RC 2014 conference_logoThe third annual Rhythm Changes conference starts on 4 September … in Amsterdam … and I’m delighted to have been involved as a member of the organising committee, led by the very wonderful Prof Walter van de Leur. Here is the draft schedule of events, while below—why not?—is a list of all the papers, talks and events, in alphabetical order of speaker’s name. Almost one hundred …  that’s impressive. really, for an international conference dedicated to the music we call jazz.

  1. Lisa Barg – “Composer-Arranger-Seamstress?”: Melba Liston, Gender, Arranging, and Jazz History – McGill University
  2. Andrew Berish – What is jazz supposed to feel like?: Tin Pan Alley, Sentimentality and Jazz – Associate Professor, Humanities and Cultural Studies Dept., University of South Florida
  3. Nathan Blustein – Erwin Schulhoff’s Cinq études and European Jazz in the 1920s – PhD Candidate, Department of Music Theory, Indiana University
  4. Matthew Boden – Swingin’ Down Under: The Barrelhouse Four – PhD Candidate, Lecturer in Jazz and Classical Studies, Conservatorium of Music, Tasmanian College of the Arts
  5. David Brackett – Swing in the 1940s: Probing the Borders of Jazz and Pop – McGill University
  6. Darius Brubeck – Cultural Diplomacy – Former Director of the Centre for Jazz & Popular Music at the University of KwaZulu-Natal, Durban, South Africa
  7. Christa Bruckner-Haring – “Musik war es sicher nicht, was diese Herren boten, sie machten ein Heidenspektakel”: Early Jazz Reception in Austria after World War I – Post-Doctoral Researcher at the University of Music and Performing Arts, Graz (KUG), Austria
  8. Robert Burke – Analysis and observations of pre-learnt and idiosyncratic elements in improvisation: a reflective study in jazz performance – Head of The Sir Zelman Cowen School of Music, Coordinator of Jazz and Popular Music, JMonash University
  9. Jerome Camal – Jazz and Gwoka: A Diasporic Polyrhythm? – Assistant Professor, Department of Anthropology, University of Wisconsin-Madison
  10. Gretchen Carlson – Jazz Heaven”: Woody Allen’s Jazz Compilation Soundtracks and Cultural Subtexts – PhD Candidate, University of Virginia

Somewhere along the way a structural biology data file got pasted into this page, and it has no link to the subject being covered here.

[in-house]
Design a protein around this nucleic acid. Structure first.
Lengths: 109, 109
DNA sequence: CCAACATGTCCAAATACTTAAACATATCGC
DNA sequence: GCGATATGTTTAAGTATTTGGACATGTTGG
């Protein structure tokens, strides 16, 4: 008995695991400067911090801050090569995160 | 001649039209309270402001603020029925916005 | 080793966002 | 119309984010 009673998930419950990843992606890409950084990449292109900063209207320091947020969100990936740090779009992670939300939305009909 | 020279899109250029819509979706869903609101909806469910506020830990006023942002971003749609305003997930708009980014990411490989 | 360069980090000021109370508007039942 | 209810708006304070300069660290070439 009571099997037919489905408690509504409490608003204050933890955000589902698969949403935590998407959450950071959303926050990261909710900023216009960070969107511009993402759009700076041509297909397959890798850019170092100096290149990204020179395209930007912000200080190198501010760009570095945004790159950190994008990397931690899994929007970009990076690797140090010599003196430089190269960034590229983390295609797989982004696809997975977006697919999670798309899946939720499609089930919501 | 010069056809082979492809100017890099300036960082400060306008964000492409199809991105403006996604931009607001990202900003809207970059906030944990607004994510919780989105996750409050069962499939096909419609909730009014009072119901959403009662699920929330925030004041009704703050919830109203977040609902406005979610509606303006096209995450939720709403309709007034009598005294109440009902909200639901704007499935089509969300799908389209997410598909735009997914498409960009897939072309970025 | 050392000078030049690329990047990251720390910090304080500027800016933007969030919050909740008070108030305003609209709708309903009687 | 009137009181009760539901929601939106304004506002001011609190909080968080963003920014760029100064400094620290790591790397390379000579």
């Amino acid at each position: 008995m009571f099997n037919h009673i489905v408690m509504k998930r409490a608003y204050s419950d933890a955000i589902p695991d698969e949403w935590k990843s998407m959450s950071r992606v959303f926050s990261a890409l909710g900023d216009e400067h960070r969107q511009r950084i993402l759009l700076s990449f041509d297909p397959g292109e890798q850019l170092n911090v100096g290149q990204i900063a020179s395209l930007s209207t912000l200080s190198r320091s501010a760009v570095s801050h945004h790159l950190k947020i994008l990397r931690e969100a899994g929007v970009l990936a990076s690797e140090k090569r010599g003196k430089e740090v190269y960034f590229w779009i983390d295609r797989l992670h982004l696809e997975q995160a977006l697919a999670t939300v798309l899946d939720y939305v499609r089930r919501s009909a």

11. Jean Cook – Jazz Research – Mapping the Field under the Jazz Futures heading (round-table discussion)
  12. Pedro Cravinho – Free Jazz, Free Portugal: Sounds of Freedom During the Last Years of the Estado Novo Regime (1971-1974) – University of Aveiro
  13. Kinga Csizmas – Hungarian jazz musicians (Poster) – Corvinus University of Budapest
  14. Scott Currie – Between Noise and (N)ostalgia: A Berlin Jazz Collective’s Challenge to Post-Transition Borders of Geography and Generation – University of Minnesota
  15. Lindelwa Dalamba – Kongi’s Harvest: Jazz and the Rituals of a Postcolonial World – University of the Witwatersrand
  16. Lawrence Davies – ‘These people know more about me than I do’: Robert Lockwood’s Histories of the Blues – King’s College London
  17. Scott DeVeaux – Reclaiming Fusion – Professor, McIntire Dept. of Music, Director of Undergraduate Programs, University of Virginia
  18. José Dias – ‘Unity in Diversity’: Jazz and the European narrative – PhD Candidate, Universidade Nova de Lisboa
  19. Frédéric Döhl – …a tremendous dividing line: About André Previns Experiences with Changeovers between Jazz and Art Music – Freie Universität Berlin
  20. Mario Dunkel – W. C. Handy, Edward Abbe Niles, and the Invention of Hot Jazz – Department of Music and Musicology Technische Universität Dortmund
  21. Anne Dvinge – Jazz carnival or Business Empire? The Change from the Local Newport Jazz Festival to the Global JVC Jazz Festival – Independent Researcher
  22. Alison Eales – ‘Jazz, Blues, (Reggae), Funk, Soul, World’: Programming and Promoting Glasgow (International) Jazz Festival- PhD Candidate, University of Glasgow